As I wrote in a recent post on invasive species, the Water of Leith is home to a number of mink, which originally got into the wild when over enthusiastic animal rights activists released them from fur farms. Mink have been a huge problem on British waterways, they are very aggressive and eat anything. However, as our rivers have got cleaner and otters have returned then they can help keep the mink under control (otters are much bigger than mink and will fight them).
However in some places, the mink need a bit of human intervention to keep them under control.
The Scottish Mink Initiative works to protect native wildlife by removing breeding American mink from north Scotland and the Highlands. Since mink have been exterminated from the Trossachs, the
endangered water vole has
The River Forth Fisheries Trust and the Water of Leith Conservation Trust are working together to set up some mink rafts along
theWater of Leith in Edinburgh. Despite sounding like some sort of luxury boating experience
for the mink, the rafts are monitoring devices - the mink will run onto the
rafts and leave their footprints there so we can get some idea of how
active they are along the river. The raft will also record the presence of other waterside mammals, such as otters.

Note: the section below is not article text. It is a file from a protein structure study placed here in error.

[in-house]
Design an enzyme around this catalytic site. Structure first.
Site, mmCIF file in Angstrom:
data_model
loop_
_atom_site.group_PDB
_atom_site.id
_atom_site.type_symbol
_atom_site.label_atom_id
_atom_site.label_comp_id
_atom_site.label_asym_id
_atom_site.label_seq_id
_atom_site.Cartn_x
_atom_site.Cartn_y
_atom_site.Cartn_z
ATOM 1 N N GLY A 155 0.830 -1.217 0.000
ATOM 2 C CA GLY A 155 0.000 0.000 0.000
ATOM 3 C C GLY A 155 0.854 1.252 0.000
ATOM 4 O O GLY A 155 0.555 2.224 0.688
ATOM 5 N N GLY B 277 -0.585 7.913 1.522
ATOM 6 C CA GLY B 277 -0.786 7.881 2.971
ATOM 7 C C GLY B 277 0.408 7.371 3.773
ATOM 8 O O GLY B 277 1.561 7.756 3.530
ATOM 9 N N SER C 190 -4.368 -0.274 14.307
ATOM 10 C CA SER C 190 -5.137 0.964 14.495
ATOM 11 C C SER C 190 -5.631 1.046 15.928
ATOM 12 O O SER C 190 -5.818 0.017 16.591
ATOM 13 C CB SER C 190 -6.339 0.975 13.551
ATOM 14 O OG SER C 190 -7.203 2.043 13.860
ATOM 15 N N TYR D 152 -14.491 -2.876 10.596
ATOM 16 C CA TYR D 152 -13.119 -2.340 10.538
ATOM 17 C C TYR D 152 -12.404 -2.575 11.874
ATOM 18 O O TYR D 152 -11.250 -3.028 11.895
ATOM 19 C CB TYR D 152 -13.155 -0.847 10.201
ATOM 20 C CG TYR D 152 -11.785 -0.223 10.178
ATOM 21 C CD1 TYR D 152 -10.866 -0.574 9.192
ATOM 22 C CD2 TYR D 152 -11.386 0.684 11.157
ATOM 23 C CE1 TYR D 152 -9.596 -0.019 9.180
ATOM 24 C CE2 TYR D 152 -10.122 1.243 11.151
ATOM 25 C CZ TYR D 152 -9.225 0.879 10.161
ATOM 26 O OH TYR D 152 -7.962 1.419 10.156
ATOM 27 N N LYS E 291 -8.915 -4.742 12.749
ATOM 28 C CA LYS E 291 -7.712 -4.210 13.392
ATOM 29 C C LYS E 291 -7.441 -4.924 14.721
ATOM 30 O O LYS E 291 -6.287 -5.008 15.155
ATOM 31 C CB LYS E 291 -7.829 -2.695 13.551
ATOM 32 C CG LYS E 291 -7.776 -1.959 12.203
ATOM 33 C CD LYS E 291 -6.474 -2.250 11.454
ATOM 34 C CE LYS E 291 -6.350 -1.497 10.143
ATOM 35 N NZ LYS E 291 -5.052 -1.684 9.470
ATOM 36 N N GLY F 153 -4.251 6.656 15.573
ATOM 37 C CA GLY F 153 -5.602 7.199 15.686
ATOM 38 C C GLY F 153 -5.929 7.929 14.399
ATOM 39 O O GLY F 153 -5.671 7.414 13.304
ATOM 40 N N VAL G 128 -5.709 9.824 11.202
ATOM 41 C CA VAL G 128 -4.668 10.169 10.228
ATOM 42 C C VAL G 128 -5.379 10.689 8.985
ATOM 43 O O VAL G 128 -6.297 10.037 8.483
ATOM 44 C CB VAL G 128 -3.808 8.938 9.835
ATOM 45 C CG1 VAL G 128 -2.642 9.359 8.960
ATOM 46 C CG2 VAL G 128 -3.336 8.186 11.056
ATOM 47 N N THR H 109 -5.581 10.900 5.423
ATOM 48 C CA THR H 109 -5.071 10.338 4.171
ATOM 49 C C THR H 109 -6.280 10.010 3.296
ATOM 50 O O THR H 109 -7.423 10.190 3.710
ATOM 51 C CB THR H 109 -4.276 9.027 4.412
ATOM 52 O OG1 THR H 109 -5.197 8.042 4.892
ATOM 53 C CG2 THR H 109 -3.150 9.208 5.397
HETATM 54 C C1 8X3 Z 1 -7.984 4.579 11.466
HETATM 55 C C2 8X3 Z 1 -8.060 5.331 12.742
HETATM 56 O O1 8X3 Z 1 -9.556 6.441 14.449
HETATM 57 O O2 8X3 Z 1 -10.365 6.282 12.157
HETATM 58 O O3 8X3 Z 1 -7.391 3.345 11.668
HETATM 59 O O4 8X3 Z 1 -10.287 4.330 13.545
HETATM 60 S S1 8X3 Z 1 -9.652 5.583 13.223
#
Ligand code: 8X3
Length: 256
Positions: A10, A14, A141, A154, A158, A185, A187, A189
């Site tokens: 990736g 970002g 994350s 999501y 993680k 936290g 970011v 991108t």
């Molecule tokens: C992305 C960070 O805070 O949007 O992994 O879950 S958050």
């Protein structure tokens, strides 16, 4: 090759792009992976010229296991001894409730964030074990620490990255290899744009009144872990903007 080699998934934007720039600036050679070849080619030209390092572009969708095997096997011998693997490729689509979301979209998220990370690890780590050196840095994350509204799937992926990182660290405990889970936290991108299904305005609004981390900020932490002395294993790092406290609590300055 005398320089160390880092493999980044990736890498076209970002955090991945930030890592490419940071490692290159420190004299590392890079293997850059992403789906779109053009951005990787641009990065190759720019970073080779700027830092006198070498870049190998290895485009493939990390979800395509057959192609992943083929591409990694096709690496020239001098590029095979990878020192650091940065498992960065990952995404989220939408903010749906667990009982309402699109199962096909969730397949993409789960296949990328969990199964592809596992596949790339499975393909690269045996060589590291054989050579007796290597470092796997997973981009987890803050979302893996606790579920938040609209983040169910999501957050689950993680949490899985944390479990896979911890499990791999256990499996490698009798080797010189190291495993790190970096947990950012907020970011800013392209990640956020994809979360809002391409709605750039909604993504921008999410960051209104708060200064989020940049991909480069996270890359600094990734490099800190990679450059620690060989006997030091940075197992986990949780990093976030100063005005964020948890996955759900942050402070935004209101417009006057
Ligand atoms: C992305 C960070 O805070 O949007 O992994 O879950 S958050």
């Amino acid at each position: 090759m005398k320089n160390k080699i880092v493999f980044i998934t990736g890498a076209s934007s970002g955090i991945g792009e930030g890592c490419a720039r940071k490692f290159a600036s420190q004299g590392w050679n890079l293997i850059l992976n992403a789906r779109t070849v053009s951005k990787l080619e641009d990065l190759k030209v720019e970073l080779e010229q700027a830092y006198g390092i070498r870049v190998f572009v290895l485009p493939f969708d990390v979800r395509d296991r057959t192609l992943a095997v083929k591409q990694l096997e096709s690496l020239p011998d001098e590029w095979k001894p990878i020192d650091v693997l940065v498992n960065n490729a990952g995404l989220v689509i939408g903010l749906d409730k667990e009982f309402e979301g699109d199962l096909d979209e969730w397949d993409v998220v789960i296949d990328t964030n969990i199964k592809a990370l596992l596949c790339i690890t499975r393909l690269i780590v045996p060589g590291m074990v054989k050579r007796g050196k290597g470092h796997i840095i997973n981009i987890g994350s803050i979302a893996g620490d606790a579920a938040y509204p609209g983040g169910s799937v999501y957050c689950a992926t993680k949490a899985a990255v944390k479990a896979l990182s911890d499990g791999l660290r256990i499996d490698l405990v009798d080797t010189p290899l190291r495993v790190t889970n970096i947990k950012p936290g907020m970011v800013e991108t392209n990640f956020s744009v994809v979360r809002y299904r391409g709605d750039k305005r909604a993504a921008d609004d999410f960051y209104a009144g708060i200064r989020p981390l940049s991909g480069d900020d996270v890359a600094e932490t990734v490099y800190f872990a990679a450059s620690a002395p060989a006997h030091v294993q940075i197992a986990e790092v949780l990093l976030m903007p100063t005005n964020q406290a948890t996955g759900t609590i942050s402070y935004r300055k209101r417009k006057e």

Yesterday I was at the Water of Leith Visitor Centre to help to set up a mink recording raft on the river and a night vision camera on a nearby tree.
While we were launching the raft onto the water, a mink appeared briefly and then a small otter appeared on the opposite side of the river and swam downriver for a few minutes, with all of following (quietly and at a discreet distance) after. Helen the manager of the Water of Leith Conservation Trust took this video. This was my best ever sighting of an otter and only the second time I've seen one along the Water of Leith.
Ironically, despite taking loads of photos of the day, I don't have any to upload here as I was using someone else's camera. Hopefully I'll be able to update with photos eventually! Meanwhile there are plenty of photos of the day in this blog-post from the River and Fisheries Trust in Scotland website.
As ever, red text contains hyperlinks that take you to other webpages where you can find out more.